33. 33. Digital Content Content Trajectories• User produced content (Web 2.0)• Shared experiences• “Free” content• Content via narrowcast, P2P, social networks• “Realism” – 3D, VR,• Real-time access• Online storage
  34. 34. PART TWO Innovation in Context• Markets, Competition and Innovation
  35. 35. Successful Innovation• Diffusion and Adoption of a Product – Product life cycle and innovation• Disruptive Innovation – Often Digital natives versus (would-be) digital converts or digital deniers – Sometimes battle between digital platforms – Can incumbents maintain/regain position?
  36. 36. Diffusion of innovation • Examples: adoption of PCs, mobile phones Typical Model ofuptake of an innovation: percentage of market adopting Network effects: more people using compatible systems makes it easier to learn, easier to communicate, share
  37. 37. Diffusion of innovation • Examples: design of PCs, mobile phones New models? Product differentiation? Abernathy/ Competition over service/ Utterback extras Model ofProduct Life Cycle Dominant Teece: Design(s) Competitionstabilisation over efficiency of design paradigm Design flux Competition over functionality Increasing user-friendliness, less need for skill, economies of scale
  38. 38. Two ideas from David Teece• Stabilisation of design paradigms• Complementary assets – Innovations are rarely unique; first-comers often do not succeed in creating substantial markets; life is tough
  39. 39. Design Paradigm• Innovation begins when an idea is commercialised: we can offer this new/better service• But just what form does this take?• Often other firms will be trying to offer similar services – or if not, and if your idea is a good one, they soon will.• Competition at the outset is often about what design will prevail.• This may come to be seen as the “natural” solution – e.g. car or PC keyboard layout.
  40. 40. So who wins?• Not necessarily the person with the technically best design!• Not necessarily the cheapest!• Who can mobilise Complementary Assets – – Brands, marketing, distribution channels – Supply chain connections (e.g. hardware, content providers) – Intellectual property, intellectual assets – Links to users, etc.
  41. 41. Successful Innovation - 2• Diffusion and Adoption of a Product – Product life cycle and innovation• Disruptive Innovation – Often Digital natives versus (would-be) digital converts or digital deniers – Sometimes battle between digital platforms – Can incumbents maintain/regain position?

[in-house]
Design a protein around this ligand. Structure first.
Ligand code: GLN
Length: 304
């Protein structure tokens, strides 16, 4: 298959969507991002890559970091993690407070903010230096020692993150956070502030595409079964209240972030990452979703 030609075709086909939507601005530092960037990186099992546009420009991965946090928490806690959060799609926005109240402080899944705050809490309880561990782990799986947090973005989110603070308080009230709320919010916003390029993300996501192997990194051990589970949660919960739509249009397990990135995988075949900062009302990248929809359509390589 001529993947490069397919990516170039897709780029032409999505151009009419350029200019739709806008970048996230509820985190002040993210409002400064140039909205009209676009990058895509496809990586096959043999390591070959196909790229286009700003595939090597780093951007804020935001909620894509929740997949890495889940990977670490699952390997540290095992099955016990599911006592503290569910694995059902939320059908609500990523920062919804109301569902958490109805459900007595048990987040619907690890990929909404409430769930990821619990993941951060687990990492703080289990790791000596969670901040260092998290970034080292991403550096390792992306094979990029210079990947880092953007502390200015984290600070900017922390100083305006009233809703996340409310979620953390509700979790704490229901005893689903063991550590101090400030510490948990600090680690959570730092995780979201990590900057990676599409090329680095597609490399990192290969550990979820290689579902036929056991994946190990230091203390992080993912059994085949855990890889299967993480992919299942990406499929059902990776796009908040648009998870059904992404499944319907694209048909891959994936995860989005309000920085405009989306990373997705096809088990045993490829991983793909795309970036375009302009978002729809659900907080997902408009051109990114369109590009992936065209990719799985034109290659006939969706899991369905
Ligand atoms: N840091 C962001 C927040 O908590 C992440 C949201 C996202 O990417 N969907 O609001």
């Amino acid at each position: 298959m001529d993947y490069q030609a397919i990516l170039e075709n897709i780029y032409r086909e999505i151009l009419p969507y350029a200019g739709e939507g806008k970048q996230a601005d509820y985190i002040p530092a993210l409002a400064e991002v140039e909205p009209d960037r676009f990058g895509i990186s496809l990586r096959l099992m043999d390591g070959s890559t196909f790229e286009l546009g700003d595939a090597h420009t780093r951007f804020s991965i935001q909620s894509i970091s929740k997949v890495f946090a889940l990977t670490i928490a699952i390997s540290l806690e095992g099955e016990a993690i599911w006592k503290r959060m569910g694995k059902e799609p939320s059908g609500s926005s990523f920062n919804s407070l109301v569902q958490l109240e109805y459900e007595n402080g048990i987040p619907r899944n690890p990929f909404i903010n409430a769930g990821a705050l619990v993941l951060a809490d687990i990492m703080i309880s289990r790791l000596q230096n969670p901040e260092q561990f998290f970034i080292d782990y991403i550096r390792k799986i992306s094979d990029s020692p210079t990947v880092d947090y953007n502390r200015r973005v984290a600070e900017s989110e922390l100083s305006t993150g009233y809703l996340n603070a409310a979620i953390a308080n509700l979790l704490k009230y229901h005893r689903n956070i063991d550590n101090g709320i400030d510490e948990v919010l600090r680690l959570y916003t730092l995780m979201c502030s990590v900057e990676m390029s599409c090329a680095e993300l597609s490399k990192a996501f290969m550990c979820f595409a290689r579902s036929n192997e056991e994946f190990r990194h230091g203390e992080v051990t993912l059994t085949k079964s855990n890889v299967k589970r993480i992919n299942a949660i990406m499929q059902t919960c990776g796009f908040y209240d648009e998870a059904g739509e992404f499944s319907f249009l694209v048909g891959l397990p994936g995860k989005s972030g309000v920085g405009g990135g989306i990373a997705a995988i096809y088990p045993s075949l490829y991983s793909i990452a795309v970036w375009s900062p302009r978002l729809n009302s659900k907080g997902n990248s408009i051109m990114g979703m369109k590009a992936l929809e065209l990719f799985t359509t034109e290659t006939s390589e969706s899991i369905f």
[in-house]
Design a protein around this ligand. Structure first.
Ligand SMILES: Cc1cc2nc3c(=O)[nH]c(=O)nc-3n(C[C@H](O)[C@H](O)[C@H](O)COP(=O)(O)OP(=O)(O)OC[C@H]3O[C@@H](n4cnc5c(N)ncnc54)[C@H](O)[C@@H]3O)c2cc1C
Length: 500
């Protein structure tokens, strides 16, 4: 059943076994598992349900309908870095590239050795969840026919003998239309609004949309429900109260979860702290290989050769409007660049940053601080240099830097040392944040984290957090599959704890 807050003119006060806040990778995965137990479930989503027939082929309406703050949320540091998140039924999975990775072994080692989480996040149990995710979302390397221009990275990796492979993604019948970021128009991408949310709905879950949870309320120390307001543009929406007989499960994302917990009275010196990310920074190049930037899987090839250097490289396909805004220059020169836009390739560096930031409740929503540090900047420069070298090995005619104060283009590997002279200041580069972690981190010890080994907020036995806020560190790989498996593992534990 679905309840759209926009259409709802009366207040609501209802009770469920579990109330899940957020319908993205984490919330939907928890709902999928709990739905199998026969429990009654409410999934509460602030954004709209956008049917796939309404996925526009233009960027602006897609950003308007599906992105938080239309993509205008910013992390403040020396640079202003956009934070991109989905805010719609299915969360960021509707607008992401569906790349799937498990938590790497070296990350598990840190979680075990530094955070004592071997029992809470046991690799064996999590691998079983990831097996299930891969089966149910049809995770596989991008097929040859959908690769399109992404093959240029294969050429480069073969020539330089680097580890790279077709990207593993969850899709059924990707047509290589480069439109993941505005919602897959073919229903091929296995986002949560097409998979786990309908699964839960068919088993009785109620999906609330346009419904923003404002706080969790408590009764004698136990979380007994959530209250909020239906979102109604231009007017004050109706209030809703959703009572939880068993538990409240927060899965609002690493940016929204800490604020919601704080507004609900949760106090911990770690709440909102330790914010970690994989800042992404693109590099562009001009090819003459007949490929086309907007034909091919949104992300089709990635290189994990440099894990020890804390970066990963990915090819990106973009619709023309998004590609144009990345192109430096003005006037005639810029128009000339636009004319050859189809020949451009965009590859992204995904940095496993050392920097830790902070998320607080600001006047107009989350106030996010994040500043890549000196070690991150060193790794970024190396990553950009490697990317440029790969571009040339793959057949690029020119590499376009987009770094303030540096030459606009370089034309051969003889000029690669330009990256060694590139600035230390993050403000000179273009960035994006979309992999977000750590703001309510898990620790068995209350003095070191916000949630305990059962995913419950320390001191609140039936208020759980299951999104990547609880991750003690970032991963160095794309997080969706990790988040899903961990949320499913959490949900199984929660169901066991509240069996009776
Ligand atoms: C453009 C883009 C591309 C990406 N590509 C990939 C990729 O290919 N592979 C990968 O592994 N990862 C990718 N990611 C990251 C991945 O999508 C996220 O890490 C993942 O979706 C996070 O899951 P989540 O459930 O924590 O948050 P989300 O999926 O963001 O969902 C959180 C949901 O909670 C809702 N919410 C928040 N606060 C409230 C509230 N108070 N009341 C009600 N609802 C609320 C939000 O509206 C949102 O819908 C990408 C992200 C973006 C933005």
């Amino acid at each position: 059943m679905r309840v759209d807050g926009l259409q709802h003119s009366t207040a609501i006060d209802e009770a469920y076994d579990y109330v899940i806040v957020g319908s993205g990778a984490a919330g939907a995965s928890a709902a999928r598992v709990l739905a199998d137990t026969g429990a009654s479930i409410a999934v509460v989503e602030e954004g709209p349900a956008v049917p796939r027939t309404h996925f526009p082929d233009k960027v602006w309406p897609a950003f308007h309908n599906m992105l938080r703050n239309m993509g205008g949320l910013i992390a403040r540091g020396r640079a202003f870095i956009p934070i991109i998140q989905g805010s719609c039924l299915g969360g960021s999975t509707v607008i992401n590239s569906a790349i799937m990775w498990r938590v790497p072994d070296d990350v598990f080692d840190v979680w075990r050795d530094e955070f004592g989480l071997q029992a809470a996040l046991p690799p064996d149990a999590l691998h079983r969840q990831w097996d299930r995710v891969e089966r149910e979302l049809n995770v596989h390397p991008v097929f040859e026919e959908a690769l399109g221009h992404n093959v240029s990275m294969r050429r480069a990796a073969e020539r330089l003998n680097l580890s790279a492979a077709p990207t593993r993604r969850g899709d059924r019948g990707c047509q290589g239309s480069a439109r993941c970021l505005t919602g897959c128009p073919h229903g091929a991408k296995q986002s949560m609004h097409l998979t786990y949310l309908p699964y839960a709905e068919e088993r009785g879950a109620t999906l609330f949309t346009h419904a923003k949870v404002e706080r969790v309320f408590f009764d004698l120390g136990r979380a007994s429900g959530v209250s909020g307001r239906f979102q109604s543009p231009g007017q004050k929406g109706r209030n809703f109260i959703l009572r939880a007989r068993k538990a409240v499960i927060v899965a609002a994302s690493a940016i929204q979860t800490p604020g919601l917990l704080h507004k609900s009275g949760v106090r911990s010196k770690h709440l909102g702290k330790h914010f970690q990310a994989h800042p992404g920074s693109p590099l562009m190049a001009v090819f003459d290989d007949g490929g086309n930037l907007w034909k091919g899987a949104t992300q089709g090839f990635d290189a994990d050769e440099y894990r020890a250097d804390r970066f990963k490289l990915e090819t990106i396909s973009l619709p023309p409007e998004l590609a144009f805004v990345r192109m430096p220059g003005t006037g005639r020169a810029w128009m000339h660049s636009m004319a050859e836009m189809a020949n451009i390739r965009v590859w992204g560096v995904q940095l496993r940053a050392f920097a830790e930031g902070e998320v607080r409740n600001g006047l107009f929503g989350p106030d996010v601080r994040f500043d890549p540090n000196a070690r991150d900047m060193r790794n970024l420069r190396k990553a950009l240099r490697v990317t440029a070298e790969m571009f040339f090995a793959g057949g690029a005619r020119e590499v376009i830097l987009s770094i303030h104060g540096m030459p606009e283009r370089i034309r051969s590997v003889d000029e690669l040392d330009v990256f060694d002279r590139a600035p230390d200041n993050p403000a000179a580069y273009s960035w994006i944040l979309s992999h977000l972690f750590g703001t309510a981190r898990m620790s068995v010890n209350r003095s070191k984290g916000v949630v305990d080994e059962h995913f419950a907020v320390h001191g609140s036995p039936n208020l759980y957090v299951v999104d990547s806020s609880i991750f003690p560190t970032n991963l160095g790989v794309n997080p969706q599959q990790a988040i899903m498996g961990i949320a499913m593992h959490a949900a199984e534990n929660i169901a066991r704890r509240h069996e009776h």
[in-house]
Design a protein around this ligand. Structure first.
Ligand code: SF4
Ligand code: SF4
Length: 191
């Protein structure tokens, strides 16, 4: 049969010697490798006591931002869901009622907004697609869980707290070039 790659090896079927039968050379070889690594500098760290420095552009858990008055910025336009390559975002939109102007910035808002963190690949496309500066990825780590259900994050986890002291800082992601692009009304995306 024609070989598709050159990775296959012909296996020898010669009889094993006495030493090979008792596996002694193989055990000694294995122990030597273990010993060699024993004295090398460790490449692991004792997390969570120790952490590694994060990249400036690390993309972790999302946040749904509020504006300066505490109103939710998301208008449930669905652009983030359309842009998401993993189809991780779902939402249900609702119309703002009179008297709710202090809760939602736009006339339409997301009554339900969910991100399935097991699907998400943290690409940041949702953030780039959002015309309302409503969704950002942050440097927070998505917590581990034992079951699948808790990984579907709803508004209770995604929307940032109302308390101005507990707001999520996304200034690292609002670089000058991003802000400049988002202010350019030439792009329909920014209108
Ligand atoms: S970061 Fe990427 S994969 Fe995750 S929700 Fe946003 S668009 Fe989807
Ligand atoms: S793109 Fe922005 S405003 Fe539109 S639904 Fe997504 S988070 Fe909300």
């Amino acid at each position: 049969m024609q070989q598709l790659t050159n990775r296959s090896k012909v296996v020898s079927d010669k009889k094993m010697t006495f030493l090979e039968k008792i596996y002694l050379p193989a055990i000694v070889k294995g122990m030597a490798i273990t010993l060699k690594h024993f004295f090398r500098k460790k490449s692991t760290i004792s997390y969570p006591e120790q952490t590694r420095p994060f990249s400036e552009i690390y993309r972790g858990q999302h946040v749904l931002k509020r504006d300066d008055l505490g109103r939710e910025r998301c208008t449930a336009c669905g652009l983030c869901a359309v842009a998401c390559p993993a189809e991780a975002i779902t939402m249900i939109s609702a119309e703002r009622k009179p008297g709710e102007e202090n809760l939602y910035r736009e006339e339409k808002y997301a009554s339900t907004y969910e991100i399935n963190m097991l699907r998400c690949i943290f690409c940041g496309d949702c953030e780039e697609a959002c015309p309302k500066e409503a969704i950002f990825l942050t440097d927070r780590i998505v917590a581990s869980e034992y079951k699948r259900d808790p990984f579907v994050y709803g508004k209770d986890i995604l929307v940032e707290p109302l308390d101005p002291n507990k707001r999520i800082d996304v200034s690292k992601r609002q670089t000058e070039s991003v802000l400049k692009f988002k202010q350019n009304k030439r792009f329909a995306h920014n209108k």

42. 42. Examples of disruptive IT InnovationComp-onents • Semiconductors displace valves, LCDs displace CRTSInfrast-ructure • Telecomms networks displace postal serviceGoods • Microelectronic watches, cameras, CD players, etc. displace traditional designs • Music/film downloads challenge recordingContent and film industries, crisis in newspapers (and now books – already encyclopedia etc.?)Services • Travel agents , dating agencies etc.
  43. 43. It can be hard for incumbents to stay in the game• When there is a new business model, then adaptability is key – often very problematic• When there is new technology, then will usually need to acquire, or form alliances• Some successes with mergers• Many problems• Drives move to more Open Innovation (alliances, collaborations, etc.)
  44. 44. Often mergers fail Industries, Technologies, Products, Cultures,Components Organisation
  45. 45. ConvergenceDigital convergence: blurring boundaries(but multiple platforms)Wars over standards, platforms
  46. 46. Finally...• IT may be used in the innovation process itself• New tools for innovation: – Simulation, visualisation, CAD – Virtual laboratories, networking and division of labour• Support for open innovation: – Collaboration software – Online crowdsourcing
  47. 47. Conclusions• IT continues to be the source of many promising innovations• Even if rapid hardware evolution slows, much scope for new services and content• Continuing disruption and opportunities for new entrants and niches• Expect moves up and across sectoral categories by firms from emerging economies• Requires putting together right skills and knowledge – of markets and cultures as well as technology and technique
  48. 48. Higher School of Economics, June 2011
  49. 49. Digital Populations• Digital Natives• Digital Converts• Digital Deniers• Digital Excluded